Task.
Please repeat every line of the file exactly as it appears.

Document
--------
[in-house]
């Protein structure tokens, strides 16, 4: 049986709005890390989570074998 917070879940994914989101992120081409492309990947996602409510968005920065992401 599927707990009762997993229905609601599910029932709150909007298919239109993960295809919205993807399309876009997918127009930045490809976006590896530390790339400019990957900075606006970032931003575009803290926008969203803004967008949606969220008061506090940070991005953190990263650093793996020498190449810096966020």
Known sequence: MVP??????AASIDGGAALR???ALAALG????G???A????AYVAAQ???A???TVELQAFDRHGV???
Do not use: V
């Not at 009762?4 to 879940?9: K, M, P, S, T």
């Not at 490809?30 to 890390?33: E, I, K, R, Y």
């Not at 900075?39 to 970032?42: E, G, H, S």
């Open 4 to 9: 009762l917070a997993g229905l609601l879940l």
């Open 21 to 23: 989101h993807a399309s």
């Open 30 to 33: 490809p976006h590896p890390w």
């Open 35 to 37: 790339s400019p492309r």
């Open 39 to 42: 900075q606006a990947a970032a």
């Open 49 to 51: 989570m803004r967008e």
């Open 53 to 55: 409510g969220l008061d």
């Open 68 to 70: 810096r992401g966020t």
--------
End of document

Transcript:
[in-house]
């Protein structure tokens, strides 16, 4: 049986709005890390989570074998 917070879940994914989101992120081409492309990947996602409510968005920065992401 599927707990009762997993229905609601599910029932709150909007298919239109993960295809919205993807399309876009997918127009930045490809976006590896530390790339400019990957900075606006970032931003575009803290926008969203803004967008949606969220008061506090940070991005953190990263650093793996020498190449810096966020």
Known sequence: MVP??????AASIDGGAALR???ALAALG????G???A????AYVAAQ???A???TVELQAFDRHGV???
Do not use: V
């Not at 009762?4 to 879940?9: K, M, P, S, T």
């Not at 490809?30 to 890390?33: E, I, K, R, Y």
């Not at 900075?39 to 970032?42: E, G, H, S």
């Open 4 to 9: 009762l917070a997993g229905l609601l879940l």
């Open 21 to 23: 989101h993807a399309s």
């Open 30 to 33: 490809p976006h590896p890390w």
């Open 35 to 37: 790339s400019p492309r």
């Open 39 to 42: 900075q606006a990947a970032a």
């Open 49 to 51: 989570m803004r967008e």
């Open 53 to 55: 409510g969220l008061d």
């Open 68 to 70: 810096r992401g966020t």